Gastrointestinal: TICLID (ticlopidine hcl) therapy has been associated with a variety of gastrointestinal complaints including diarrhea and nausea. The majority of cases are mild, but about 13% of patients discontinued therapy because of these. They usually occur within 3 months of initiation of therapy and typically are resolved within 1 to 2 weeks without discontinuation of therapy. If the effect is severe or persistent, therapy should be discontinued. In some cases of severe or bloody diarrhea, colitis was later diagnosed.

Hemorrhagic: TICLID (ticlopidine hcl) has been associated with increased bleeding, spontaneous posttraumatic bleeding and perioperative bleeding including, but not limited to, gastrointestinal bleeding. It has also been associated with a number of bleeding complications such as ecchymosis, epistaxis, hematuria and conjunctival hemorrhage.

Intracerebral bleeding was rare in clinical trials in stroke patients with TICLID (ticlopidine hcl) , with an incidence no greater than that seen with comparator agents (ticlopidine 0.5%, aspirin 0.6%, placebo 0.75%). It has also been reported postmarketing.

Rash: Ticlopidine has been associated with a maculopapular or urticarial rash (often with pruritus). Rash usually occurs within 3 months of initiation of therapy with a mean onset time of 11 days. If drug is discontinued, recovery occurs within several days. Many rashes do not recur on drug rechallenge. There have been rare reports of severe rashes, including Stevens-Johnson syndrome, erythema multiforme and exfoliative dermatitis.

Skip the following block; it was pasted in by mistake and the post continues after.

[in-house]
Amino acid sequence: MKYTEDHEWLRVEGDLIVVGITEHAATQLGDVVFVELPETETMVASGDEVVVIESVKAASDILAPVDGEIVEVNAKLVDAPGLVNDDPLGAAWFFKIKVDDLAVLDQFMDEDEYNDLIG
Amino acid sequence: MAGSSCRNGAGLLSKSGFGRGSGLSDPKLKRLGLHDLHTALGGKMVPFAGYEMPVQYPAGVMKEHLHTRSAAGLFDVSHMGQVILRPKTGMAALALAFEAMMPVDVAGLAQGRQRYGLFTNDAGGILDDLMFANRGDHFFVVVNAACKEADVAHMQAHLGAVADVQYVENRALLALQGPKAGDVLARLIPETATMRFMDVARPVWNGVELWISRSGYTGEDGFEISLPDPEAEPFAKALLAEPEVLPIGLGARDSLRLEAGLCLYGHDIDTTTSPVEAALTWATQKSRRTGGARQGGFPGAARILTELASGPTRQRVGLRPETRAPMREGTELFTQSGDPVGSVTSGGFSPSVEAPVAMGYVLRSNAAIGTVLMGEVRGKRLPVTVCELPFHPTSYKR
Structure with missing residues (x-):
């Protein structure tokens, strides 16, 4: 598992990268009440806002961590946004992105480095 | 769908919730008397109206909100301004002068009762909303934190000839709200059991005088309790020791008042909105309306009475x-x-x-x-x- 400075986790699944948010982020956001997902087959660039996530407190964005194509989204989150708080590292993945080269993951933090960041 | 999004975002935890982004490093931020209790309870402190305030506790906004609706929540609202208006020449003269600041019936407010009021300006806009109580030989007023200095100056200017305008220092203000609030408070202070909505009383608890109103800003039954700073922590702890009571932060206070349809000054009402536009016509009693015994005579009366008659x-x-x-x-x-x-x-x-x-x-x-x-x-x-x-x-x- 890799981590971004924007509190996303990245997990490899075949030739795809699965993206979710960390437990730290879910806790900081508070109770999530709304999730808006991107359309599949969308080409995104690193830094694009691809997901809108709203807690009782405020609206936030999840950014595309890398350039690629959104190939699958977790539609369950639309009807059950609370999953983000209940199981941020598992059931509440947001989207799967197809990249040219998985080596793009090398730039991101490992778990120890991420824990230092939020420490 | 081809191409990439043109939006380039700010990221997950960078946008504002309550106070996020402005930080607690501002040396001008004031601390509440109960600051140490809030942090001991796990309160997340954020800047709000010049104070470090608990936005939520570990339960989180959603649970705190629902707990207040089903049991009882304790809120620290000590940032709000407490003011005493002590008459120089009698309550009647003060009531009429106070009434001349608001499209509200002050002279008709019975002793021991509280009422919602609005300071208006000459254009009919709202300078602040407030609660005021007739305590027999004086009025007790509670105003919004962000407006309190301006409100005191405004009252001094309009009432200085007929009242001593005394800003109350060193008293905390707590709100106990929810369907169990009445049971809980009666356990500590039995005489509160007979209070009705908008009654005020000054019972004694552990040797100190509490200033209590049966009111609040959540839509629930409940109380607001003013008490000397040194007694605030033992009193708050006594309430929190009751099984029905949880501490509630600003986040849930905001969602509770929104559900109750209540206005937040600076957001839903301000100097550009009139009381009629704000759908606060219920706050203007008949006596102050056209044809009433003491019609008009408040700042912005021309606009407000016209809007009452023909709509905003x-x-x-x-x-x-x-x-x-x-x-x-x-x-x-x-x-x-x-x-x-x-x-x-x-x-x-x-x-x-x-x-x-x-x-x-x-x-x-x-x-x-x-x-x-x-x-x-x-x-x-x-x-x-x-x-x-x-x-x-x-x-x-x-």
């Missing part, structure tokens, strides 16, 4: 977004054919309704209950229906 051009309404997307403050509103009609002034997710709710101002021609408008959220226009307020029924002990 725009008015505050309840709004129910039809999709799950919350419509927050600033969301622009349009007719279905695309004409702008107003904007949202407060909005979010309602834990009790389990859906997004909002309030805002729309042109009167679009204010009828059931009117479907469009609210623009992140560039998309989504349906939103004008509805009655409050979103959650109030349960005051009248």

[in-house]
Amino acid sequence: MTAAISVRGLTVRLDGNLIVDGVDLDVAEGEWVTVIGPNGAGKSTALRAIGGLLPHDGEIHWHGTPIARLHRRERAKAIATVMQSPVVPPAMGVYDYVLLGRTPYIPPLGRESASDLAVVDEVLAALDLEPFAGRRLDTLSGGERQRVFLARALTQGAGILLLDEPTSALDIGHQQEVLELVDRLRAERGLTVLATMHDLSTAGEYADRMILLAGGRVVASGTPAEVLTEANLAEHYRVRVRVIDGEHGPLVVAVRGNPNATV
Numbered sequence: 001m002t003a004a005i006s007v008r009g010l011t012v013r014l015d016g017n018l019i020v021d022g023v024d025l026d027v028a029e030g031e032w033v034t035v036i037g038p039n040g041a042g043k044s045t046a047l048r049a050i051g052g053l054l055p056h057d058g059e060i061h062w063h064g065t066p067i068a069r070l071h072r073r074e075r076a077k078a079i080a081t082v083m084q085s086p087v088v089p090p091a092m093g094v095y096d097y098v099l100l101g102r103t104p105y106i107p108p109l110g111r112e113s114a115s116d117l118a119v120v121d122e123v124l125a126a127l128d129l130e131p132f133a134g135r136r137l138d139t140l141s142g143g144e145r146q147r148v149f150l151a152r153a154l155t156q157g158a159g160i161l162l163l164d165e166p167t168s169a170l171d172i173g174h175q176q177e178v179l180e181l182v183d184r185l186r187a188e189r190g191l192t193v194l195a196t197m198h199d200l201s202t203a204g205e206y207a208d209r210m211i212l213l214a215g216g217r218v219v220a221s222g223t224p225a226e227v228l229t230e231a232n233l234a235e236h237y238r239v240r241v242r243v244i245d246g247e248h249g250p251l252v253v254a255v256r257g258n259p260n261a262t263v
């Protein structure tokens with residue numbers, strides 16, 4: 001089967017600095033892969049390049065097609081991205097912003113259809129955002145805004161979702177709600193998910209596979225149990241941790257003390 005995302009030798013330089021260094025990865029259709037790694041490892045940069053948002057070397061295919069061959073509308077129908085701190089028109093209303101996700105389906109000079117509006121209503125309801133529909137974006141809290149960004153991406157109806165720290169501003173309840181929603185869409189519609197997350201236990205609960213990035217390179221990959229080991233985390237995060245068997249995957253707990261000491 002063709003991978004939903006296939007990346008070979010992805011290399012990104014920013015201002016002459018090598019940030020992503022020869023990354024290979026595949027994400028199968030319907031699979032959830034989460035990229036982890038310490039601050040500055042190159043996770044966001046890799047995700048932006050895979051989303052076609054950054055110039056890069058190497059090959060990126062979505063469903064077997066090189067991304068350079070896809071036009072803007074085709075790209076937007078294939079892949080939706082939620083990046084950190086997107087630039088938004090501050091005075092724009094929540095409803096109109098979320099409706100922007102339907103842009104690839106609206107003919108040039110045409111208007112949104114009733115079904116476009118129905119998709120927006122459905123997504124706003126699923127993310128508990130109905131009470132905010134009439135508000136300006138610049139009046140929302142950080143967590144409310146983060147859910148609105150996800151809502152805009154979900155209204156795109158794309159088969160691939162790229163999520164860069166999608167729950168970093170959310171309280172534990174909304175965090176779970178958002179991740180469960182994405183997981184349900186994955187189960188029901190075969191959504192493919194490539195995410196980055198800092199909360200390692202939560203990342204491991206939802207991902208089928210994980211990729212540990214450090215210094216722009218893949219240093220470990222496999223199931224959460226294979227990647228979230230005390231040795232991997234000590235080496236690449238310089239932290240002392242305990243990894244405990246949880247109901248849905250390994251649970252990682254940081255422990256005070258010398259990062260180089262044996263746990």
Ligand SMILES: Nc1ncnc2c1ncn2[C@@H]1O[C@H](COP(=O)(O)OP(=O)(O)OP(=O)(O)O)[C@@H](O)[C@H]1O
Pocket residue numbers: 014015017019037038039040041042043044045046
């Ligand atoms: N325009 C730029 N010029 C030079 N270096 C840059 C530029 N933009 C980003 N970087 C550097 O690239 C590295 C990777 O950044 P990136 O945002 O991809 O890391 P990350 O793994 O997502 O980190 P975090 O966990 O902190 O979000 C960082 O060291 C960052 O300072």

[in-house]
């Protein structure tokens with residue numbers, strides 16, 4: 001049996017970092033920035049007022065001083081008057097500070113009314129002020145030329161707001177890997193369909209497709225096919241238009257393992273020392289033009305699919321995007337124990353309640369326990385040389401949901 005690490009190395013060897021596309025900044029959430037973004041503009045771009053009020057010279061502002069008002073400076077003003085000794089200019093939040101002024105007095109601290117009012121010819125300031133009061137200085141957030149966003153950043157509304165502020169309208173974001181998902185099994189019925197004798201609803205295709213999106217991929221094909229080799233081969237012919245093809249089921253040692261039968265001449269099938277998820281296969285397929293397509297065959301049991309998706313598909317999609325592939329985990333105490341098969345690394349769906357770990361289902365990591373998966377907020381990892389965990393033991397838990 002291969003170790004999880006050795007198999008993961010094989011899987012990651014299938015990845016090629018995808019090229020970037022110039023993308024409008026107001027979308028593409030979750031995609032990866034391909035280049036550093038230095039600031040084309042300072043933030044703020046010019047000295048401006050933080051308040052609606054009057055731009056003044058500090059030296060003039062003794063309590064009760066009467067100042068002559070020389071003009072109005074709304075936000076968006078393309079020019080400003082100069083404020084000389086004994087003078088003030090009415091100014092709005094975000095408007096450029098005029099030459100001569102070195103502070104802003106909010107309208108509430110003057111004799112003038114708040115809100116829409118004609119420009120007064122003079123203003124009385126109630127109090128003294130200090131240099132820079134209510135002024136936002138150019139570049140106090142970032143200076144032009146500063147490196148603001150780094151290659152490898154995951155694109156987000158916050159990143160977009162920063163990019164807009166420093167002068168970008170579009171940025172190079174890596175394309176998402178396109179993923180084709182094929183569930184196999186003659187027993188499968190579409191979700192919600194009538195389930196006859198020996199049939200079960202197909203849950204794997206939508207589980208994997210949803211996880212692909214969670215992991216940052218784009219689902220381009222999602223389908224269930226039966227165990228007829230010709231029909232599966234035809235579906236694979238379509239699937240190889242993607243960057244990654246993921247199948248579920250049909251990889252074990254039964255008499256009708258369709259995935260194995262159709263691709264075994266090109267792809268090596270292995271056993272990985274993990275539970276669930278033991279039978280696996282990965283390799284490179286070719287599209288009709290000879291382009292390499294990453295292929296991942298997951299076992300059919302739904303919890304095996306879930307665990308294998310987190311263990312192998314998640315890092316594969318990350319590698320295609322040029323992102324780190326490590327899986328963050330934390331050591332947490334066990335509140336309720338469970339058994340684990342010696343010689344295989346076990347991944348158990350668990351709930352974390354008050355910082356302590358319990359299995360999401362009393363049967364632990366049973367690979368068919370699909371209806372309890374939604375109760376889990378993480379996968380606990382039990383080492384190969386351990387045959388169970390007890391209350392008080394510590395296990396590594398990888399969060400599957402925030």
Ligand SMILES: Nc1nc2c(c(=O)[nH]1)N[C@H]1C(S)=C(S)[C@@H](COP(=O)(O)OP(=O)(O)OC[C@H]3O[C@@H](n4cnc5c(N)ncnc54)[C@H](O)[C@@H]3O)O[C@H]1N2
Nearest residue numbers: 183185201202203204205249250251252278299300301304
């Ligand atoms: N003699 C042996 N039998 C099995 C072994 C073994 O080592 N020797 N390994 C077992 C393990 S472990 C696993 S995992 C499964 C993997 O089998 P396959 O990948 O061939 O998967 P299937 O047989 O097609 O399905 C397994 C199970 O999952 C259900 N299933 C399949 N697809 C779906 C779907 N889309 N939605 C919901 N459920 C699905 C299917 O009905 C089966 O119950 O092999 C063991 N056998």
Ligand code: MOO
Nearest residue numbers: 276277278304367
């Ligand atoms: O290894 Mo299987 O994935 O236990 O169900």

Less Frequent Adverse Reactions (Probably Related): Clinical adverse experiences occurring in 0.5% to 1.0% of stroke patients in controlled trials include: Digestive System: GI fullness

Skin and Appendages: urticaria

Nervous System: headache

Body as a Whole: asthenia, pain

Hemostatic System: epistaxis

Special Senses: tinnitus

In addition, rarer, relatively serious and potentially fatal events associated with the use of TICLID (ticlopidine hcl) have also been reported from postmarketing experience: Hemolytic anemia with reticulocytosis, immune thrombocytopenia, hepatitis, hepatocellular jaundice, cholestatic jaundice, hepatic necrosis, hepatic failure, peptic ulcer, renal failure, nephrotic syndrome, hyponatremia, vasculitis, sepsis, allergic reactions (including angioedema, allergic pneumonitis, and anaphylaxis), systemic lupus (positive ANA), peripheral neuropathy, serum sickness, arthropathy and myositis.

Read the entire FDA prescribing information for Ticlid (Ticlopidine Hcl)

Related Resources for Ticlid

Read the Ticlid User Reviews »

© Ticlid Patient Information is supplied by Cerner Multum, Inc. and Ticlid Consumer information is supplied by First Databank, Inc., used under license and subject to their respective copyrights.